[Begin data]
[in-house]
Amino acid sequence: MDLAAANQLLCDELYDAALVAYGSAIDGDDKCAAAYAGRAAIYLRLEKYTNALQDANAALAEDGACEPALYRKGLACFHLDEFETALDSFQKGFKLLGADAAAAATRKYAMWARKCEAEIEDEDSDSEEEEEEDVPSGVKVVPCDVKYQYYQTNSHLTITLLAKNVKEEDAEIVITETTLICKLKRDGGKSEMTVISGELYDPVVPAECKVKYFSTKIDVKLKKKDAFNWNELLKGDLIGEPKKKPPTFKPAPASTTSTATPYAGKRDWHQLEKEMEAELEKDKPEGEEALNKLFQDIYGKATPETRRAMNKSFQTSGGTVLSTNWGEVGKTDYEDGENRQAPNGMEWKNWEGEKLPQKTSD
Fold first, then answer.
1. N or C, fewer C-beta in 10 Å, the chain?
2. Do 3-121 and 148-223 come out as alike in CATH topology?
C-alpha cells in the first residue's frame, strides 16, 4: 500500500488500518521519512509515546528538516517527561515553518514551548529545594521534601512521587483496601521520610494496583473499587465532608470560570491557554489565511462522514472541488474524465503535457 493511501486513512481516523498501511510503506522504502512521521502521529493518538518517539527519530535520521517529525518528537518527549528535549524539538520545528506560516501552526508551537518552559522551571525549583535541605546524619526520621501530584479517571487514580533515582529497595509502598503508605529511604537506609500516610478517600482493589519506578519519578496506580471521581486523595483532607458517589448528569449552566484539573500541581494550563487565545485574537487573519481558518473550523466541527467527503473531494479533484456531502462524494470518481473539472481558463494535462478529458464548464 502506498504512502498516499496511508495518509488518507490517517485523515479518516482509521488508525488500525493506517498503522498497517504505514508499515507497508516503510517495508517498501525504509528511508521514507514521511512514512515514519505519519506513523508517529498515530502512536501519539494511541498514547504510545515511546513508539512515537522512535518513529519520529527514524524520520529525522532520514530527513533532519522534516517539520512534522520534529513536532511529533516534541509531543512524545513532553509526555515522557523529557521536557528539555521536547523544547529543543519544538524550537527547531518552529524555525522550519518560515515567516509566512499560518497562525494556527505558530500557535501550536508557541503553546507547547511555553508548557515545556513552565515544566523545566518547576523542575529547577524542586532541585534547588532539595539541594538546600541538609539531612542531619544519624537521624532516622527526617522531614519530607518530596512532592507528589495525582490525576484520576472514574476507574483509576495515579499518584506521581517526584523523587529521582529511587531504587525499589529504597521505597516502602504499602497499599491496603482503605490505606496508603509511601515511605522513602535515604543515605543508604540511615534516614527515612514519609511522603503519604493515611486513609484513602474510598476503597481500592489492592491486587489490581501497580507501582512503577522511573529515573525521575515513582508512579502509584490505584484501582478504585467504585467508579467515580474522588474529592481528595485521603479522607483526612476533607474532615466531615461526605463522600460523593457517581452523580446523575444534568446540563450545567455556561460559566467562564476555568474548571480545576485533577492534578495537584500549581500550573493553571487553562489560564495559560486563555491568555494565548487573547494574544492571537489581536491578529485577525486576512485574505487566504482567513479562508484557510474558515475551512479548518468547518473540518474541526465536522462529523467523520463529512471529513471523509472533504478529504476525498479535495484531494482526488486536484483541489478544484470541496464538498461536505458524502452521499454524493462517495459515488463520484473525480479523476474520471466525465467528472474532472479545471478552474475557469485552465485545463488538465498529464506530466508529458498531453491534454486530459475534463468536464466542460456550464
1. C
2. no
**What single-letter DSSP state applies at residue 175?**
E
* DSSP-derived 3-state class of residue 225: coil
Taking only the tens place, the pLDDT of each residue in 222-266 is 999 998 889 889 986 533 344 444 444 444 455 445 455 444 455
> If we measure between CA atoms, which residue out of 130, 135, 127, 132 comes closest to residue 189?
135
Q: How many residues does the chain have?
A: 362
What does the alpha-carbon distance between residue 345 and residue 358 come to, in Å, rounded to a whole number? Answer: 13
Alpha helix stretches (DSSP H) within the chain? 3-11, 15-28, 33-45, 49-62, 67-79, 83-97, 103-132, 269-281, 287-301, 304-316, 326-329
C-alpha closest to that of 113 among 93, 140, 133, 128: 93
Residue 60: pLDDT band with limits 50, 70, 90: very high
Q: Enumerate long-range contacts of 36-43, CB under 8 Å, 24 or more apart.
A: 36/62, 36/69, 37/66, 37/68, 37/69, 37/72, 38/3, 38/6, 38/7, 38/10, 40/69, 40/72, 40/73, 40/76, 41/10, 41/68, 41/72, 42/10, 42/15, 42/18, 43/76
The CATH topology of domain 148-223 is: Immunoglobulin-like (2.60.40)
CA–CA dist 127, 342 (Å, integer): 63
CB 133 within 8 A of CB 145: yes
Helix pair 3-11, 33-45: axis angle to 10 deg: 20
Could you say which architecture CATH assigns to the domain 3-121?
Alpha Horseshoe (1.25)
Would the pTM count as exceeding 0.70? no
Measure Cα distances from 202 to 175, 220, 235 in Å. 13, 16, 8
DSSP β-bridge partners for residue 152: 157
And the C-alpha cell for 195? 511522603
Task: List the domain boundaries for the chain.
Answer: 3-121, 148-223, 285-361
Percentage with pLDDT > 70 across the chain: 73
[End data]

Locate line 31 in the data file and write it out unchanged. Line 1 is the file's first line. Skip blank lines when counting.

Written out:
DSSP β-bridge partners for residue 152: 157